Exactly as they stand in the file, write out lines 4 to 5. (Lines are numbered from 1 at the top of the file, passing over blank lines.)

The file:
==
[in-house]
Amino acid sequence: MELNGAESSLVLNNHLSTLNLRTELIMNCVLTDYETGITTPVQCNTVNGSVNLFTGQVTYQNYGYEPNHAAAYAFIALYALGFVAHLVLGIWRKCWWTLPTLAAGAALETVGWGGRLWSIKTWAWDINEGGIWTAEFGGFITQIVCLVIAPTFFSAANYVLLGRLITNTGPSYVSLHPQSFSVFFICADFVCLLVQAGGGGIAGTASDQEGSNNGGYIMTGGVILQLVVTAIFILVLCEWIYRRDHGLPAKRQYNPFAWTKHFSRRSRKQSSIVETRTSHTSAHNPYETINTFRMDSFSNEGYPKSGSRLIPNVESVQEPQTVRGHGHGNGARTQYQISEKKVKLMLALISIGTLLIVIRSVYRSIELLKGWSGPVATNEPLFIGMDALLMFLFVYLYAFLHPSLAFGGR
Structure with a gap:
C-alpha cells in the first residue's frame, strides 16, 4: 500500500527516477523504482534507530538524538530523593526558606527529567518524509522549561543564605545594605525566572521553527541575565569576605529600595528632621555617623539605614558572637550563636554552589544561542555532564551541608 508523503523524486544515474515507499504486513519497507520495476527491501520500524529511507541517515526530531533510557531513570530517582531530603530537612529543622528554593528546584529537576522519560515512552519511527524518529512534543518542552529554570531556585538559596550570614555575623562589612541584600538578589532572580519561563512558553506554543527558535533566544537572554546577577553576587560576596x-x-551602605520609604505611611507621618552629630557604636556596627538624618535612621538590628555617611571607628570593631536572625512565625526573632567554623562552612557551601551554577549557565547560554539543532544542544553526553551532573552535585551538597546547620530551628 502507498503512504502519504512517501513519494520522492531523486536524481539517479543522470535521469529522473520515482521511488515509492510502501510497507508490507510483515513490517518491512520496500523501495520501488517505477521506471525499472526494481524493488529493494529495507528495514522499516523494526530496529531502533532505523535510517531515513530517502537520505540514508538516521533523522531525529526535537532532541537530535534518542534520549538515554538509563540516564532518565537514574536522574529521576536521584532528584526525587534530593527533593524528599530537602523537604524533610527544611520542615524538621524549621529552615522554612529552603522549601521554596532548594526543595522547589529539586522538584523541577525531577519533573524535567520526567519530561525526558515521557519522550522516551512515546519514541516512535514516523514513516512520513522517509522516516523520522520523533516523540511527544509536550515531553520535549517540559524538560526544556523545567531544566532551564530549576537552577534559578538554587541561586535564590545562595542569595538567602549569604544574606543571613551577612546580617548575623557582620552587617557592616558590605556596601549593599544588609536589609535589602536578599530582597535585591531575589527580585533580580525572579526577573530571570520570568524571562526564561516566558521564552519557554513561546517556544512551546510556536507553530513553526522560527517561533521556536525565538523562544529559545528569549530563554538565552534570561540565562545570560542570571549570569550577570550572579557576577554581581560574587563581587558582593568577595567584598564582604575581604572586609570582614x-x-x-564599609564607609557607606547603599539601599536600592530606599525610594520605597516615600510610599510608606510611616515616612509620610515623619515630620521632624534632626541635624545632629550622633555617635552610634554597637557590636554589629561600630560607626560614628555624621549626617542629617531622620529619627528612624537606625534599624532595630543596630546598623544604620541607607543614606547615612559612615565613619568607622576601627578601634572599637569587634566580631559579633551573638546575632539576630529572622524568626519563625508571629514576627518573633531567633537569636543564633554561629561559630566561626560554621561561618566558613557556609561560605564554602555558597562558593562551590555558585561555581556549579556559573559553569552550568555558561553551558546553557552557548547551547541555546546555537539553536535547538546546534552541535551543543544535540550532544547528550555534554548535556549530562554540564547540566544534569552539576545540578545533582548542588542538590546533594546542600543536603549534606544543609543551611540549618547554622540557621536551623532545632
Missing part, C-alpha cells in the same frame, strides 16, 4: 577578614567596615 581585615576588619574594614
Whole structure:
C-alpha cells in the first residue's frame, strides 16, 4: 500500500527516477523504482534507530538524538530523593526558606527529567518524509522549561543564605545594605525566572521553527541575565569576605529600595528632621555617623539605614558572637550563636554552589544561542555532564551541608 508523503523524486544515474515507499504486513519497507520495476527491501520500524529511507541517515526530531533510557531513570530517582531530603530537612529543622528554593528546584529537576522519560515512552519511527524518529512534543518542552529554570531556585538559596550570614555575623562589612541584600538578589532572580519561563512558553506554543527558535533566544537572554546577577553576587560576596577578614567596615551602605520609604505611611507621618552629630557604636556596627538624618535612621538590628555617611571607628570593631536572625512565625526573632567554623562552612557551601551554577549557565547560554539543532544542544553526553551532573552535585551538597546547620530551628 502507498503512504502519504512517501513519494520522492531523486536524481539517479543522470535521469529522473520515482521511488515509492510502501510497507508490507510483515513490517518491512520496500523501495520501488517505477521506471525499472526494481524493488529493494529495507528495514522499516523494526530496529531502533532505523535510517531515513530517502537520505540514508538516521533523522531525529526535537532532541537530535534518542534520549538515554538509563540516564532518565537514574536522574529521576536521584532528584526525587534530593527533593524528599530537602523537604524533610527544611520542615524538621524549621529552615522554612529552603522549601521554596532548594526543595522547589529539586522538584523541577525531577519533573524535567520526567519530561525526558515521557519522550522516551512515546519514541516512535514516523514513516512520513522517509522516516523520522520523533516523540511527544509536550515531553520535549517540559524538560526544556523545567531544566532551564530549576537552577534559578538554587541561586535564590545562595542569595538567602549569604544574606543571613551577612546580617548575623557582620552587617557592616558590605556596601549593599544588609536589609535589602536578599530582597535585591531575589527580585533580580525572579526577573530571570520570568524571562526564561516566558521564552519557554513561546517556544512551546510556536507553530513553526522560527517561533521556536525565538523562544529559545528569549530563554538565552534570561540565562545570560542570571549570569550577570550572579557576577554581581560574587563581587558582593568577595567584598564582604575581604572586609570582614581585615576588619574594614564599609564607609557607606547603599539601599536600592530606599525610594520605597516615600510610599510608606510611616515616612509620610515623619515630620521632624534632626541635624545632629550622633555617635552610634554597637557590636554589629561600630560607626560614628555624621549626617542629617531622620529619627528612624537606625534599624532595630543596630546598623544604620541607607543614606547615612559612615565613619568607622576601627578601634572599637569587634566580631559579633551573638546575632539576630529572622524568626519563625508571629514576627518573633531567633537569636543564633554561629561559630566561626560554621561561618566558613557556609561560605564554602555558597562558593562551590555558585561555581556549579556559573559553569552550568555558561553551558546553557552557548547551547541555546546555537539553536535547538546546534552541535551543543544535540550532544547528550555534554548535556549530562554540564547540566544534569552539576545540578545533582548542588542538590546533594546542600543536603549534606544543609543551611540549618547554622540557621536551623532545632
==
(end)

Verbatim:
C-alpha cells in the first residue's frame, strides 16, 4: 500500500527516477523504482534507530538524538530523593526558606527529567518524509522549561543564605545594605525566572521553527541575565569576605529600595528632621555617623539605614558572637550563636554552589544561542555532564551541608 508523503523524486544515474515507499504486513519497507520495476527491501520500524529511507541517515526530531533510557531513570530517582531530603530537612529543622528554593528546584529537576522519560515512552519511527524518529512534543518542552529554570531556585538559596550570614555575623562589612541584600538578589532572580519561563512558553506554543527558535533566544537572554546577577553576587560576596x-x-551602605520609604505611611507621618552629630557604636556596627538624618535612621538590628555617611571607628570593631536572625512565625526573632567554623562552612557551601551554577549557565547560554539543532544542544553526553551532573552535585551538597546547620530551628 502507498503512504502519504512517501513519494520522492531523486536524481539517479543522470535521469529522473520515482521511488515509492510502501510497507508490507510483515513490517518491512520496500523501495520501488517505477521506471525499472526494481524493488529493494529495507528495514522499516523494526530496529531502533532505523535510517531515513530517502537520505540514508538516521533523522531525529526535537532532541537530535534518542534520549538515554538509563540516564532518565537514574536522574529521576536521584532528584526525587534530593527533593524528599530537602523537604524533610527544611520542615524538621524549621529552615522554612529552603522549601521554596532548594526543595522547589529539586522538584523541577525531577519533573524535567520526567519530561525526558515521557519522550522516551512515546519514541516512535514516523514513516512520513522517509522516516523520522520523533516523540511527544509536550515531553520535549517540559524538560526544556523545567531544566532551564530549576537552577534559578538554587541561586535564590545562595542569595538567602549569604544574606543571613551577612546580617548575623557582620552587617557592616558590605556596601549593599544588609536589609535589602536578599530582597535585591531575589527580585533580580525572579526577573530571570520570568524571562526564561516566558521564552519557554513561546517556544512551546510556536507553530513553526522560527517561533521556536525565538523562544529559545528569549530563554538565552534570561540565562545570560542570571549570569550577570550572579557576577554581581560574587563581587558582593568577595567584598564582604575581604572586609570582614x-x-x-564599609564607609557607606547603599539601599536600592530606599525610594520605597516615600510610599510608606510611616515616612509620610515623619515630620521632624534632626541635624545632629550622633555617635552610634554597637557590636554589629561600630560607626560614628555624621549626617542629617531622620529619627528612624537606625534599624532595630543596630546598623544604620541607607543614606547615612559612615565613619568607622576601627578601634572599637569587634566580631559579633551573638546575632539576630529572622524568626519563625508571629514576627518573633531567633537569636543564633554561629561559630566561626560554621561561618566558613557556609561560605564554602555558597562558593562551590555558585561555581556549579556559573559553569552550568555558561553551558546553557552557548547551547541555546546555537539553536535547538546546534552541535551543543544535540550532544547528550555534554548535556549530562554540564547540566544534569552539576545540578545533582548542588542538590546533594546542600543536603549534606544543609543551611540549618547554622540557621536551623532545632
Missing part, C-alpha cells in the same frame, strides 16, 4: 577578614567596615 581585615576588619574594614